Expert comments

Rogov: The presidents certainly lived up to the expectations. Russia and the United States were on the brink of another Cold War just six months ago. All serious diplomatic contacts were severed last autumn. Screams to “punish”, “isolate”, and put into motion “containment strategy” were all we could hear from the United States. Everything changed with Obama’s election. The meeting in London is more than just another positive signal. It is bona fide progress.

Medvedev and Obama proclaimed readiness to sign a new strategic arms treaty by the end of the year. That’s an important decision indeed because the arms control regime is on the verge of collapse. Washington withdrew from the ABM treaty, the START II treaty never came into force, and the Russian moratorium put the Conventional Forces in Europe Treaty on hold. With the START I treaty expiring this December, what we will be left with is complete vacuum. Collapse of the arms control framework coupled with the global crisis may foment a reckless arms race and general chaos.

Presidents instructed negotiators to come up with something worthwhile for the new meeting scheduled for July. It will be a fully fledged summit. That Obama accepted an invitation to come to Moscow is in itself important.

No terms or clauses of the future treaty have been worked out yet. Things like that take time. Moreover, it is not what presidents are for. What counts meanwhile is the agreement to make the level of nuclear arms below what was permitted by the document Putin and Bush signed. The Putin and Bush agreement is next to impossible to abide by in the first place. It permits every signatory 1,700 to 2,200 deployed warheads without giving a definition of what a “deployed warhead” is. The START I treaty envisaged clear methods of nuclear arsenal evaluation and control and verification mechanisms. The future document will need verification mechanisms. Moreover, it should apply to both warheads and delivery mans. Also importantly, Medvedev and Obama acknowledged a connection between defensive and strategic offensive weapons. It’s important because the United States withdrew from the ABM Treaty and launched development of the ballistic missile defense system.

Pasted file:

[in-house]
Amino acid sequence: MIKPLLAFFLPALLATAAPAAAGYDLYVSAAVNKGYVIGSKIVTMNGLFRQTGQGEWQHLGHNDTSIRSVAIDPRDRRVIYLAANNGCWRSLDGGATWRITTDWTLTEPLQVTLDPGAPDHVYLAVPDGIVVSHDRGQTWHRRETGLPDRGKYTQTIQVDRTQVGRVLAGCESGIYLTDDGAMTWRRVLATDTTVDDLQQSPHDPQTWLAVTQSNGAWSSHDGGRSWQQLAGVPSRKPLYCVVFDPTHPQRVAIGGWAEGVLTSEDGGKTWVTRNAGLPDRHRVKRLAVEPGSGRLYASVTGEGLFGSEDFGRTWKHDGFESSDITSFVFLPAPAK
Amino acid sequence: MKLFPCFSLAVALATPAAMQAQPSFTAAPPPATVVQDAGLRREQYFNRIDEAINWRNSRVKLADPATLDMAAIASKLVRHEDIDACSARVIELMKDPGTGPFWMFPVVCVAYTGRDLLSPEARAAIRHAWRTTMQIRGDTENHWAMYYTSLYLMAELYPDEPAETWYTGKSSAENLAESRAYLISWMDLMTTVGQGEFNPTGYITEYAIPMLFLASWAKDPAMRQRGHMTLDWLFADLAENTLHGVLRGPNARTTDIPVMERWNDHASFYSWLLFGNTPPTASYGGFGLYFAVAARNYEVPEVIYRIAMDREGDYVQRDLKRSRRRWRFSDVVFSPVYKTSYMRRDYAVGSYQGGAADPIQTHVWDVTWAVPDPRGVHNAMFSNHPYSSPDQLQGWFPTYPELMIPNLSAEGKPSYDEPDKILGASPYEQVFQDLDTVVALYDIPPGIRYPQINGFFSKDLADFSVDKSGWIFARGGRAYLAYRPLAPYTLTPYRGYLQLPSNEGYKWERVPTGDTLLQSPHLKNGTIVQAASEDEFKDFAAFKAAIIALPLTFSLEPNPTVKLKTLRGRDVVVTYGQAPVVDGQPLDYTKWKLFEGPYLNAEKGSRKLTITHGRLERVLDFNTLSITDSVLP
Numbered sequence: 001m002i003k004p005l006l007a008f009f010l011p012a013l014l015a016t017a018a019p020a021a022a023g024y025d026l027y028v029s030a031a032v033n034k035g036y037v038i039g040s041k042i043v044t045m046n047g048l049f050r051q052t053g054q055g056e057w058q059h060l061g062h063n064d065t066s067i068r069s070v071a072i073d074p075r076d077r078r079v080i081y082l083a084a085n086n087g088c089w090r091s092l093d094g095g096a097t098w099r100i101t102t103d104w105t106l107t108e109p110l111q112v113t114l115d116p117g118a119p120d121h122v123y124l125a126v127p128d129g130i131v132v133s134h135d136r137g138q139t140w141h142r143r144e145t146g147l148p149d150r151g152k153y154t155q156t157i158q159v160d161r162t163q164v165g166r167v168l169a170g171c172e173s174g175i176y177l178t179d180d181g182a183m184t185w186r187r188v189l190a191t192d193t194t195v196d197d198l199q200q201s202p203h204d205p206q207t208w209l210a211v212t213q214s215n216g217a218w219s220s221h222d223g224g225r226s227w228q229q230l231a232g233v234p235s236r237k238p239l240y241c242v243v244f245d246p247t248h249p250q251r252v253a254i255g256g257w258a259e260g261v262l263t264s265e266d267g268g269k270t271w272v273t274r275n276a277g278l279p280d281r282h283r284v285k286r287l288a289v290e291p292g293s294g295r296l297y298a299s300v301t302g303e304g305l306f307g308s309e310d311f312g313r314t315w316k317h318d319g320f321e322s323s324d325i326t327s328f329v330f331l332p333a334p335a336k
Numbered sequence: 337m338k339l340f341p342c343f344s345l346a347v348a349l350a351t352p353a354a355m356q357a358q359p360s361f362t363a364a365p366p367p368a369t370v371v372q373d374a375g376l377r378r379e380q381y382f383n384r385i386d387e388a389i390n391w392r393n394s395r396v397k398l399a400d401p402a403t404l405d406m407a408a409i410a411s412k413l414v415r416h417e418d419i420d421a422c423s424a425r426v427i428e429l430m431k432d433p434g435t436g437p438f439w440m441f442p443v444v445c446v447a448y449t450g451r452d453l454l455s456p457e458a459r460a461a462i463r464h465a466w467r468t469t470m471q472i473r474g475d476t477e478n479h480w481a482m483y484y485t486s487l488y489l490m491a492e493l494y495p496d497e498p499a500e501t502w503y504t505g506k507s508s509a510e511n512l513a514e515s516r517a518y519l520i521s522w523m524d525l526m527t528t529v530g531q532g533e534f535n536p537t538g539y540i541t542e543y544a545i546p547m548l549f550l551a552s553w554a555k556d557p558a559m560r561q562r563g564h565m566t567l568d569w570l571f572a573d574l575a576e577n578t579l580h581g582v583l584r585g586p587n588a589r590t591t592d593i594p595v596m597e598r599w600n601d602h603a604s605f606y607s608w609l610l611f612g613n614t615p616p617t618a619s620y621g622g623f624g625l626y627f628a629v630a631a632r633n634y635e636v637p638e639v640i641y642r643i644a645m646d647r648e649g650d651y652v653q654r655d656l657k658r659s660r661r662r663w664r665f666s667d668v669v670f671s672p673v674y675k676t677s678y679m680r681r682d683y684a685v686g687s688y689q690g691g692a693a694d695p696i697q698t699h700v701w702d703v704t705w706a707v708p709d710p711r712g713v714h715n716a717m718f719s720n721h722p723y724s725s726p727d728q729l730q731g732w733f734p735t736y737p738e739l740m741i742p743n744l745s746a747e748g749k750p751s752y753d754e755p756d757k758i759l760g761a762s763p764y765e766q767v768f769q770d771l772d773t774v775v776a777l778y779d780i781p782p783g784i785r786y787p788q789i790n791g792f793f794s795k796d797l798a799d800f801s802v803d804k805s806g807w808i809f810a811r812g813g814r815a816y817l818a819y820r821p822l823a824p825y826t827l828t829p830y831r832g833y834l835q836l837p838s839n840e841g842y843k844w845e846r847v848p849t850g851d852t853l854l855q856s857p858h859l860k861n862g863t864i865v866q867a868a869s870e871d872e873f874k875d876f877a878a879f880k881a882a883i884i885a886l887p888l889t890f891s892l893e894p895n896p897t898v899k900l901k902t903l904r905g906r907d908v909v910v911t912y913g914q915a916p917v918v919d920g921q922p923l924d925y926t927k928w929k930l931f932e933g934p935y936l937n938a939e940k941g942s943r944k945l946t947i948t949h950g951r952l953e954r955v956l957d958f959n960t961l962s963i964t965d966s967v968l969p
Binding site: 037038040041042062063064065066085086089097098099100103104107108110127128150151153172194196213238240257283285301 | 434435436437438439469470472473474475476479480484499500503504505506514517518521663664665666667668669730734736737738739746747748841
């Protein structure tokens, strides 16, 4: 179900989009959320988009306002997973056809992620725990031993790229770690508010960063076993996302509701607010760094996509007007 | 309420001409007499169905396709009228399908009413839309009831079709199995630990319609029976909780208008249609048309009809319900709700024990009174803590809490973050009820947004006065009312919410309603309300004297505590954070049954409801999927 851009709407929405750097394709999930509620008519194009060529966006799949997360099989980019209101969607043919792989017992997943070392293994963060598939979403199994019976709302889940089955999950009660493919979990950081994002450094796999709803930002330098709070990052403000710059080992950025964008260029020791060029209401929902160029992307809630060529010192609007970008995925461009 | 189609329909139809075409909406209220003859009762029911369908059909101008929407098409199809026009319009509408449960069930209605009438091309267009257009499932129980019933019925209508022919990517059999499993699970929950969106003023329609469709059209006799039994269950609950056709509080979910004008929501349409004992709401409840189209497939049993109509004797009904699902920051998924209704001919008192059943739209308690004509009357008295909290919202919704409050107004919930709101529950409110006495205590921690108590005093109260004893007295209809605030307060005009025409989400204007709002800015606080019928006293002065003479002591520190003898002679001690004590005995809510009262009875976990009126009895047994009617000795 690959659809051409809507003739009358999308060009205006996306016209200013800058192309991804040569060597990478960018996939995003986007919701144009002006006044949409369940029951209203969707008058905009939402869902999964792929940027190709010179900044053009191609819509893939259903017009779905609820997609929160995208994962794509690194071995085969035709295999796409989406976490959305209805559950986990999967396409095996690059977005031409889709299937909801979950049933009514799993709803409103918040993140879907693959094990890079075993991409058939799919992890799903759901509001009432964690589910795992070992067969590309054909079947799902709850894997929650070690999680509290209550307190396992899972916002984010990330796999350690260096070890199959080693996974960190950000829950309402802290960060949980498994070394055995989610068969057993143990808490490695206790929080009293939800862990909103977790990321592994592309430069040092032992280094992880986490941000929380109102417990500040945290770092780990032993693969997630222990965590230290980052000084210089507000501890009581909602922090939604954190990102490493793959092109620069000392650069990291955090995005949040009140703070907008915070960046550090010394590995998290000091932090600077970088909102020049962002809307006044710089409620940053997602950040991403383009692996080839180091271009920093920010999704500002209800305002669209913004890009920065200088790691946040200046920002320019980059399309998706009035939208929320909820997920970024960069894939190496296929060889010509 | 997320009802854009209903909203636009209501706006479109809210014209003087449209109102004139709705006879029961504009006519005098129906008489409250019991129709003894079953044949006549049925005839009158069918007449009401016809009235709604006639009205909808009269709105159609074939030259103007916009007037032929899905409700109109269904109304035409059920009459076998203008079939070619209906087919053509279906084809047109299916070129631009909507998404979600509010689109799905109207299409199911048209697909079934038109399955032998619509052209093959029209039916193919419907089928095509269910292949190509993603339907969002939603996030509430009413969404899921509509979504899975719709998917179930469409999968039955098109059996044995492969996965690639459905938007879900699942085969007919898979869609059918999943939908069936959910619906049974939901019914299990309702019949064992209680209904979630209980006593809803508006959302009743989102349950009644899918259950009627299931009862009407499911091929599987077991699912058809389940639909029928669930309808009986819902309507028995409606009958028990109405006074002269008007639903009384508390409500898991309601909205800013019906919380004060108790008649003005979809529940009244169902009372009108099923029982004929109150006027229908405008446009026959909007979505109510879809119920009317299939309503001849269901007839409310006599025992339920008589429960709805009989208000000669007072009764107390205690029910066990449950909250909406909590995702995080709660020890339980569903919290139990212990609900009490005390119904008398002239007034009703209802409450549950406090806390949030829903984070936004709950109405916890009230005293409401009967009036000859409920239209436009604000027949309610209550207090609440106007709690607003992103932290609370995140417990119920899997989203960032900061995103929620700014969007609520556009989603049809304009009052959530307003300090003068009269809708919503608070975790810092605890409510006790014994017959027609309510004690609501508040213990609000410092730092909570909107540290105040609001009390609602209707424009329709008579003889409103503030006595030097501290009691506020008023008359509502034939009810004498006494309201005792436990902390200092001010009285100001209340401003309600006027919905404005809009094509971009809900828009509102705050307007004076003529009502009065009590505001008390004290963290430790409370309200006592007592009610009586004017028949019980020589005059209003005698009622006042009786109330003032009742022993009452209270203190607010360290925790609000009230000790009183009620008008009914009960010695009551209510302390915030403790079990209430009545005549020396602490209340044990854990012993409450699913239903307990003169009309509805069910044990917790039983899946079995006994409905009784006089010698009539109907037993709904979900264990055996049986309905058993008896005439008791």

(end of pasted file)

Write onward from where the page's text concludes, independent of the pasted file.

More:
The agreements made in London do promote interests of Russia. The United States has the ability to double its offensive potential and develop a missile shield all at the same time. It foments a danger of America’s absolute military superiority over Russia.

Negotiations will be difficult, nobody questions that. Still, the fact that the presidents want ideas for the July meeting enables us to hope that some framework START agreement will be signed at the summit and a full international treaty by December. I reckon that it will permit signatories 1,500 warheads each.

Development of economic relations was discussed as well, an issue of unquestionable importance in time of crisis. The United States reiterated its support of WTO membership for Russia. Not that we should count on a direct economic effect of course, because the scope of the Russian-American trade amounts to only about one fifteenth of the US-Chinese. Anyway, there is a chance that the discriminating Jackson-Vanick amendment will finally be abolished this year.

I expect some intensive Russian-American negotiations now. Formation of Obama’s Administration is taking somewhat longer than expected, and that goes for the part of it that will be responsible for relations with Russia. All the same, I suspect that the team of US negotiators will be formed within weeks now.